Some truly awful episodes were "Return to Tomorrow", "The Changeling" and aspects of "Shore Leave". "The Squire of Gothos" has issues, but isn't overly ridiculous as such. "The Immunithy" syndrome was one of those "monster episodes" that James Doohan didn't like (or so he told me and the audience at a convention way back in 81 or 82 I believe). It was essentially Kirk and crew doing their version of Fantastic Voyage, and the writing suffers from the fact that medical science was still in the dark about cancer, so to speak (the space amoeba being protected by a zone of darkness). That's not really a fault of the writers as such, but the episode suffers from a kind of ignorance about how cells operate.

I've mentioned the Changeling. To me the opening scene of it absorbing the equivalent of fifty photon torpedoes is enough to make the most ardent fan snarf his pizza and coke. Why? Well, it only takes a couple to disable a Klingon battlecruiser (star fleet battled stats and weapons not withstanding), and the few other things subjected to photon torpedoes tend to die or blow up if a torpedo hits home. And yet this thing either fired off or absorbed 50 photons (I can't remember which . I think the Enterprise got hit with 50, but I'm too lazy to look it up). That, and the nomad probe looks and sounds a little bit like the 19960's prop that it is. It doesn't strike me as being a very high tech melding of Earth and Alien probes. It strikes me as a cheap prop with flashing lights and James Doohan voicing the thing in ADR. Oh well.

Return to Tomorrow is another flawed masterpiece in that it suffered because the SFX technology wasn't up to snuff to make that episode really shine with the kind of characters it was portraying; matter without form. Nimoy really played a an excellent malevolent psychopathic Spock. Scary stuff, or so I thought. That script, however, needed more vetting to show Sargon's nemesis really planning and executing his plan to take over the Enterprise and abuse the crew more than he had.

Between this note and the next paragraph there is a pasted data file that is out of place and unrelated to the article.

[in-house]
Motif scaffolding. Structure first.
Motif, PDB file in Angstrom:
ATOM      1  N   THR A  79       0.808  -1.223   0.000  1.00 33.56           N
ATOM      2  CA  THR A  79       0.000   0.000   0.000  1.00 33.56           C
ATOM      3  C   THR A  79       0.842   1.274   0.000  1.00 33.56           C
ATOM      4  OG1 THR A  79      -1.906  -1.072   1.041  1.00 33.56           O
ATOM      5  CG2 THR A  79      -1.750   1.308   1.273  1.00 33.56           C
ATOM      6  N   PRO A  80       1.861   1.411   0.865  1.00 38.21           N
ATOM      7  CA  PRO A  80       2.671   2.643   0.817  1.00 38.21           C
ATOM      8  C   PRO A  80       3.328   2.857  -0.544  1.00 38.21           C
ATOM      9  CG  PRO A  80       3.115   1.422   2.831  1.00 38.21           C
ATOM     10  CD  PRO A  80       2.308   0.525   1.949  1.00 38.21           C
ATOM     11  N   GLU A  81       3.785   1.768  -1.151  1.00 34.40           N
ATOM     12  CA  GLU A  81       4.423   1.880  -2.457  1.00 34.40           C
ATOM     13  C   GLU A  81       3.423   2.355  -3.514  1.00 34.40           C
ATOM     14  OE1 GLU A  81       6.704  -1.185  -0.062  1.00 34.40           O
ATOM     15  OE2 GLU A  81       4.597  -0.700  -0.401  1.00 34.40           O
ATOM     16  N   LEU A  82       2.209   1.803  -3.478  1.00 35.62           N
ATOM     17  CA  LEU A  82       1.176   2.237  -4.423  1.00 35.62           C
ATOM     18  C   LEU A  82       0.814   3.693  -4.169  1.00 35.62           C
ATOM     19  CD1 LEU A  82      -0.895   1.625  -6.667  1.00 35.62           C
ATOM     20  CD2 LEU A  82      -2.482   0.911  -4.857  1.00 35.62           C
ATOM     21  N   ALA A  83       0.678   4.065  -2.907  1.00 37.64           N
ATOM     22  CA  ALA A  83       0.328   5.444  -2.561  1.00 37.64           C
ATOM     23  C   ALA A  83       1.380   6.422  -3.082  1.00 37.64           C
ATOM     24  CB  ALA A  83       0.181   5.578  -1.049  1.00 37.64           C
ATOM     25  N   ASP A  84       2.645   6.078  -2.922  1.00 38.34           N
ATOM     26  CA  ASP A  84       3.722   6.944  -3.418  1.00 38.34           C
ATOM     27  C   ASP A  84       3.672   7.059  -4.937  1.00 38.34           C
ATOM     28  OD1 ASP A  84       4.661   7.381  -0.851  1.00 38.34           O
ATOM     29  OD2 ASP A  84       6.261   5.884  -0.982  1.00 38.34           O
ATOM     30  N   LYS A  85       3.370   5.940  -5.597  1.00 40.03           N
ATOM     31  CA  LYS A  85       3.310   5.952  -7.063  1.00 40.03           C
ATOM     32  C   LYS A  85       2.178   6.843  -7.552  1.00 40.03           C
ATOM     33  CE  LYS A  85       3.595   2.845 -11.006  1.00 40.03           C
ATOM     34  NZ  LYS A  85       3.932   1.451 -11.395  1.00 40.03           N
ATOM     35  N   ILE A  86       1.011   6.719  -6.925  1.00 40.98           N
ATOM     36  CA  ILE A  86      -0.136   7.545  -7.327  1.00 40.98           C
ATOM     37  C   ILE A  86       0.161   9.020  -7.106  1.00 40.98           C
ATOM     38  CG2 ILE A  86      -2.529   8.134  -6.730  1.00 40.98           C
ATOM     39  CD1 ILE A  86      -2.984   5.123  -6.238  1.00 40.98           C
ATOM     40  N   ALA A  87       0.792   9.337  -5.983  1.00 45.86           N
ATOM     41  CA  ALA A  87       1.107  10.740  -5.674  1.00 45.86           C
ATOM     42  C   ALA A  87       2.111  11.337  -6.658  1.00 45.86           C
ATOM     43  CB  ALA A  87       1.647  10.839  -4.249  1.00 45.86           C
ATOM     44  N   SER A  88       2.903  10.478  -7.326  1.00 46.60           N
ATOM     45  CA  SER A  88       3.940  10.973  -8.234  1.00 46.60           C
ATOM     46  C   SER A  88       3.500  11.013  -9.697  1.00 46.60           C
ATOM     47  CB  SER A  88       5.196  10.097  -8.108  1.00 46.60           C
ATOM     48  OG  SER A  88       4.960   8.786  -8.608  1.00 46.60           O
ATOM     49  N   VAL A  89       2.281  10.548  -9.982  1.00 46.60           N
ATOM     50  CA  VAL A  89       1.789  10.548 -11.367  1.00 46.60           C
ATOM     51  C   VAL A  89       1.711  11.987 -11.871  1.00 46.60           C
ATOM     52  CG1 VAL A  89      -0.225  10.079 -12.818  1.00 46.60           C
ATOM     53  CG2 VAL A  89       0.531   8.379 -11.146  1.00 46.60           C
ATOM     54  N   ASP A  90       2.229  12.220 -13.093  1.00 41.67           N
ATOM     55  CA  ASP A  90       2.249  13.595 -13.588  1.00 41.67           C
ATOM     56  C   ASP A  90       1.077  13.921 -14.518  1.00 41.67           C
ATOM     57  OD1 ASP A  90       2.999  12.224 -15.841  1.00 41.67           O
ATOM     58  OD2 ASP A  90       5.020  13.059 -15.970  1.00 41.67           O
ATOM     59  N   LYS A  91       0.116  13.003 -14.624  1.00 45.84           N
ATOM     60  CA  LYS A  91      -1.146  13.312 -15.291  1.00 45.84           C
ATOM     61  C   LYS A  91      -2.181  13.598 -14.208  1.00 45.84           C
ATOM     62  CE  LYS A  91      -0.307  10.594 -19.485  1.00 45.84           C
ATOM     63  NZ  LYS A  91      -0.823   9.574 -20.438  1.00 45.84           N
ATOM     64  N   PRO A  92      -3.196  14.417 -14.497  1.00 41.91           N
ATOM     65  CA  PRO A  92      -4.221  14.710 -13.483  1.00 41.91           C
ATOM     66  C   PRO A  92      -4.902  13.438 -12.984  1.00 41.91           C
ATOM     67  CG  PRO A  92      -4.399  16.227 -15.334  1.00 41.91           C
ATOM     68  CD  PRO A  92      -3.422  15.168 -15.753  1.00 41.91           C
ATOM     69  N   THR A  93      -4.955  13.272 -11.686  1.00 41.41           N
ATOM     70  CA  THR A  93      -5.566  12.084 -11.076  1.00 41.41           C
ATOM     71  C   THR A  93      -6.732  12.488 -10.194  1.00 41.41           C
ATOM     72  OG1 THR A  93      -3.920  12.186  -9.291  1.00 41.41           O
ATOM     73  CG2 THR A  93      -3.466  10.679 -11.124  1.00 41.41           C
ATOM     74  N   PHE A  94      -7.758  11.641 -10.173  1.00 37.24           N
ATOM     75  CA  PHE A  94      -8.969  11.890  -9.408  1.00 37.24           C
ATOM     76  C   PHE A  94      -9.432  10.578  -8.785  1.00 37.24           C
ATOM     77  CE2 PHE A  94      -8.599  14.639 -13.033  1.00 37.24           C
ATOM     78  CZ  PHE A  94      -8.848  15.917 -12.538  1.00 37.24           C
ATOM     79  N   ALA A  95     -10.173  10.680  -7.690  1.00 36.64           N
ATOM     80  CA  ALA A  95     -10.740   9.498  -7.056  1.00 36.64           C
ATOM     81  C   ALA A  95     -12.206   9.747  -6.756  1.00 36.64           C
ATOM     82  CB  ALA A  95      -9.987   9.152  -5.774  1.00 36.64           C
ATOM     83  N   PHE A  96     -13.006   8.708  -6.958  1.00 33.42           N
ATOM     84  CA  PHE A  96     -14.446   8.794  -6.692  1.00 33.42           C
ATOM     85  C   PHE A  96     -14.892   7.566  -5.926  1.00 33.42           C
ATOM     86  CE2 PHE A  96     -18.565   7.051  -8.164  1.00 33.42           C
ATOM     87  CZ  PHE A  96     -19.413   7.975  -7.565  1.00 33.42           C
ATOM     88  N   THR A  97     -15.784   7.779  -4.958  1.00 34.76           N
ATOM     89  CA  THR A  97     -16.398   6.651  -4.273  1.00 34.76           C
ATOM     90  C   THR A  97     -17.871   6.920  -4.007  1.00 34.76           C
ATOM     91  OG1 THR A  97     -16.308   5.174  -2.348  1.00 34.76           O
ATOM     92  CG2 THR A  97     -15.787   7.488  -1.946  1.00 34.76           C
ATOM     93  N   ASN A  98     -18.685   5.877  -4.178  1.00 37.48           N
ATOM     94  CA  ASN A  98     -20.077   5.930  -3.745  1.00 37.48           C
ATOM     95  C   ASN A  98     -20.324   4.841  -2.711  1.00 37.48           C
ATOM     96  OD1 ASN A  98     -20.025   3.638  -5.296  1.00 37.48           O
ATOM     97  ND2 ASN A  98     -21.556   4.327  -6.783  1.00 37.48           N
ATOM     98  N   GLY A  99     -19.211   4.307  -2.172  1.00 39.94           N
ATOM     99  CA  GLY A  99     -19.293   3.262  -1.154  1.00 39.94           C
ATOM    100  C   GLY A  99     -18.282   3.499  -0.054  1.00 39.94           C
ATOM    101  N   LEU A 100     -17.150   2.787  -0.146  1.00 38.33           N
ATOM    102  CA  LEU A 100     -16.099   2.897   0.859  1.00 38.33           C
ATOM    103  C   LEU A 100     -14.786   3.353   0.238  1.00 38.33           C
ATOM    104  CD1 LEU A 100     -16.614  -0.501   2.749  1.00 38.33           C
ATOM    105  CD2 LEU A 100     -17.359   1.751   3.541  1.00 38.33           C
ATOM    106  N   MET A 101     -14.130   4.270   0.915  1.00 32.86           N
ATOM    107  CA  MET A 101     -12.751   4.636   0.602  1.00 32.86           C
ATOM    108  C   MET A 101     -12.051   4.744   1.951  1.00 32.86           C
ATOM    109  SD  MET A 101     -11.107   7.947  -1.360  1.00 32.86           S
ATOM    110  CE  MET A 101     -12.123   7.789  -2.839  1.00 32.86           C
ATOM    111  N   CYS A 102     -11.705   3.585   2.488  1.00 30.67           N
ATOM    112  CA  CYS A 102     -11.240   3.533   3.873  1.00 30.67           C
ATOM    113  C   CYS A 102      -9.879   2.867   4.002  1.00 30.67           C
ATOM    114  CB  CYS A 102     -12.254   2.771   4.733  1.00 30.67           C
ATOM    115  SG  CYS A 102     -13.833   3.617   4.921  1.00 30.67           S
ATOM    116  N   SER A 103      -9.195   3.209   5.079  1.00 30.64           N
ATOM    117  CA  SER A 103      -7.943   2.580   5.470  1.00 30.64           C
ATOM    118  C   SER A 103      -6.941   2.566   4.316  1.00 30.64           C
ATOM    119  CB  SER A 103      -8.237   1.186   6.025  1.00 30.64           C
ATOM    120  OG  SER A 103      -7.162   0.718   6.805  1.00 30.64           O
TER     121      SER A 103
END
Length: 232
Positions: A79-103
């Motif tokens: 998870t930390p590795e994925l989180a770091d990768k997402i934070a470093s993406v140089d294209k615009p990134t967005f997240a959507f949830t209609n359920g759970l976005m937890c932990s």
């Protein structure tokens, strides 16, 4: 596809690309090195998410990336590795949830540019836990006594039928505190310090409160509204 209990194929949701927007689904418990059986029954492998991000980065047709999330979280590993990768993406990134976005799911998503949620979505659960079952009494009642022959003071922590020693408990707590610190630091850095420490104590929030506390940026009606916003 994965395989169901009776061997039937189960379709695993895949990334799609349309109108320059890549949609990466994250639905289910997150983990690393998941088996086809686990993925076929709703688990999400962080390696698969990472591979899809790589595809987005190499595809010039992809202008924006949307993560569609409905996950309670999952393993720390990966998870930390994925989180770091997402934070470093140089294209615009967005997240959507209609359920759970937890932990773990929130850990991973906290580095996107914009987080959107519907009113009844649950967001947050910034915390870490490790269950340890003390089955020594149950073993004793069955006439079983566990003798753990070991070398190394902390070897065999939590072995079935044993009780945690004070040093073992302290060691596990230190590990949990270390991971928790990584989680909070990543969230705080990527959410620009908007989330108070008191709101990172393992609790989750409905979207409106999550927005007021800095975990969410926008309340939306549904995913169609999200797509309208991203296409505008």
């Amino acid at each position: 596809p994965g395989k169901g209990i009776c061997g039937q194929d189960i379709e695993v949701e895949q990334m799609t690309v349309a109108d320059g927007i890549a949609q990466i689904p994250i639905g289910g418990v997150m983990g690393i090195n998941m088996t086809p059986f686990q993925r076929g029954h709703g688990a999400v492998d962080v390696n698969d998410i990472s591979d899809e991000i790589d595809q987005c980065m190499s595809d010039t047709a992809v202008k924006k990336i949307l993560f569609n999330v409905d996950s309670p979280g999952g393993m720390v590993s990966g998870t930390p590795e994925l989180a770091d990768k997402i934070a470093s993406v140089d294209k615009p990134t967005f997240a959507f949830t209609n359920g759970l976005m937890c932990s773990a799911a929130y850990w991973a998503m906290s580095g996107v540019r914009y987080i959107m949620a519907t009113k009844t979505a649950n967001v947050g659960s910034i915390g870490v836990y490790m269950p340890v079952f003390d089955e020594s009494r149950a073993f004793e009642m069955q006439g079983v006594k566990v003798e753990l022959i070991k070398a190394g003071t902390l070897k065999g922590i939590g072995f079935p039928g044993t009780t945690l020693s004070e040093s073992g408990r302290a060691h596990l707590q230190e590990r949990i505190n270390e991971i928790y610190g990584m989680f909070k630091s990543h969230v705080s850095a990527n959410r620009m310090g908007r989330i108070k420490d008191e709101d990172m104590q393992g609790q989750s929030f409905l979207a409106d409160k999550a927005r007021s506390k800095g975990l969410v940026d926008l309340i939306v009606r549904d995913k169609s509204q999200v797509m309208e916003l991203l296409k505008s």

Nimoy, in an interview for the Television Archive, was told to state that "Let This Be Your Last Battlefield" was essentially a one trick pony regarding an examination of racial strife. Eh, not so. And he did one of the more popular yet less sterling Star Trek feature films (ST 4, the whale one oboy, fun revisit of the characters, but pretty stupid stuff plot wise). This episode looks at the tactics and social positions of both the oppressor and the oppressed, and we even get snippits of their issues as they lock horns on the bridge of the Enterprise.

But the rea blow is when Kirk tells them they're exactly alike, but that they protest by saying that they're each white and black on the opposite sides. And we see this frivolous thing being used as a social divide, much like the US of the first century decided to use race to dictate slavery. For those not in the know there were at one time white slaves and indentured servants. And that slavery had a genesis by African kings giving slaves, which then just turned into a wholesale market where white European slavers just grabbed as many people as they could, and sold them on the open market in Europe, the colonies and elsewhere. We see the culmination of social repression come to the fore, and continue to smolder and conflagrate where it can as Beal and Loki take their fight to whoever and whomever will listen. Not unlike the racial divides of the IUS, or the Israeli-Palestinian conflict, or any regional conflict that claims to be more important than it is Nave Americans contending with white prejudice, or various Asian ethnicities at odds with one another Japanese-Chinese, Japanese-Korean, Korean-Chinese and so forth.

Again, it's hamstrung by the fact that this was the third and final season for the show, and the budget had been slashed a great deal. Even so I think the only thing that could have added o this episode would have been to show the two combatants running or milling aimlessly through the ravaged ruins of their world, not utterly destroyed by racial hatreds. I think that would have underscored Kirk's final line;
Uhura; "Captain, {their hatred} do you think that's all they ever had?"
Captain Kirk; "No, but it's all they have left."